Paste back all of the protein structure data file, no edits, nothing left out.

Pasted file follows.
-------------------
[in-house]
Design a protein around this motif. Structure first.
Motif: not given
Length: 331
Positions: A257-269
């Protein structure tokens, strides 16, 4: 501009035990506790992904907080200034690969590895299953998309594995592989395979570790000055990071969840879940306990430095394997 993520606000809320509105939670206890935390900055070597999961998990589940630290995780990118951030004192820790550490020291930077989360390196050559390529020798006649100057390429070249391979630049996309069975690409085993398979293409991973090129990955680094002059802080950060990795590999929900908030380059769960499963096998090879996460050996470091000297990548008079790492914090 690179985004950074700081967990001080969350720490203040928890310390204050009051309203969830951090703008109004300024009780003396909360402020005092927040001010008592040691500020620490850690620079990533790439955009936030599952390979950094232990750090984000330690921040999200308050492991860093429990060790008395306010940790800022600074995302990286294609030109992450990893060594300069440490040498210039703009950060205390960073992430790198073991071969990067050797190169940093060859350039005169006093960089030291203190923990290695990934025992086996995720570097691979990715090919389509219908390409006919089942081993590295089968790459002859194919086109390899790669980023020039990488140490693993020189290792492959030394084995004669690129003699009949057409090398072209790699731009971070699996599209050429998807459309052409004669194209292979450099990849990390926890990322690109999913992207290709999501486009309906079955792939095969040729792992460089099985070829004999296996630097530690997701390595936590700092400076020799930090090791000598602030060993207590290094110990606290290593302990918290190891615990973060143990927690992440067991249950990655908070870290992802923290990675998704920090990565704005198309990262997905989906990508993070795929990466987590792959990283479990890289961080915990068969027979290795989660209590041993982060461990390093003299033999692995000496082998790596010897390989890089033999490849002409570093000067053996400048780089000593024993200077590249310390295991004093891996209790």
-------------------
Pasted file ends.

[in-house]
Design a protein around this motif. Structure first.
Motif: not given
Length: 331
Positions: A257-269
């Protein structure tokens, strides 16, 4: 501009035990506790992904907080200034690969590895299953998309594995592989395979570790000055990071969840879940306990430095394997 993520606000809320509105939670206890935390900055070597999961998990589940630290995780990118951030004192820790550490020291930077989360390196050559390529020798006649100057390429070249391979630049996309069975690409085993398979293409991973090129990955680094002059802080950060990795590999929900908030380059769960499963096998090879996460050996470091000297990548008079790492914090 690179985004950074700081967990001080969350720490203040928890310390204050009051309203969830951090703008109004300024009780003396909360402020005092927040001010008592040691500020620490850690620079990533790439955009936030599952390979950094232990750090984000330690921040999200308050492991860093429990060790008395306010940790800022600074995302990286294609030109992450990893060594300069440490040498210039703009950060205390960073992430790198073991071969990067050797190169940093060859350039005169006093960089030291203190923990290695990934025992086996995720570097691979990715090919389509219908390409006919089942081993590295089968790459002859194919086109390899790669980023020039990488140490693993020189290792492959030394084995004669690129003699009949057409090398072209790699731009971070699996599209050429998807459309052409004669194209292979450099990849990390926890990322690109999913992207290709999501486009309906079955792939095969040729792992460089099985070829004999296996630097530690997701390595936590700092400076020799930090090791000598602030060993207590290094110990606290290593302990918290190891615990973060143990927690992440067991249950990655908070870290992802923290990675998704920090990565704005198309990262997905989906990508993070795929990466987590792959990283479990890289961080915990068969027979290795989660209590041993982060461990390093003299033999692995000496082998790596010897390989890089033999490849002409570093000067053996400048780089000593024993200077590249310390295991004093891996209790």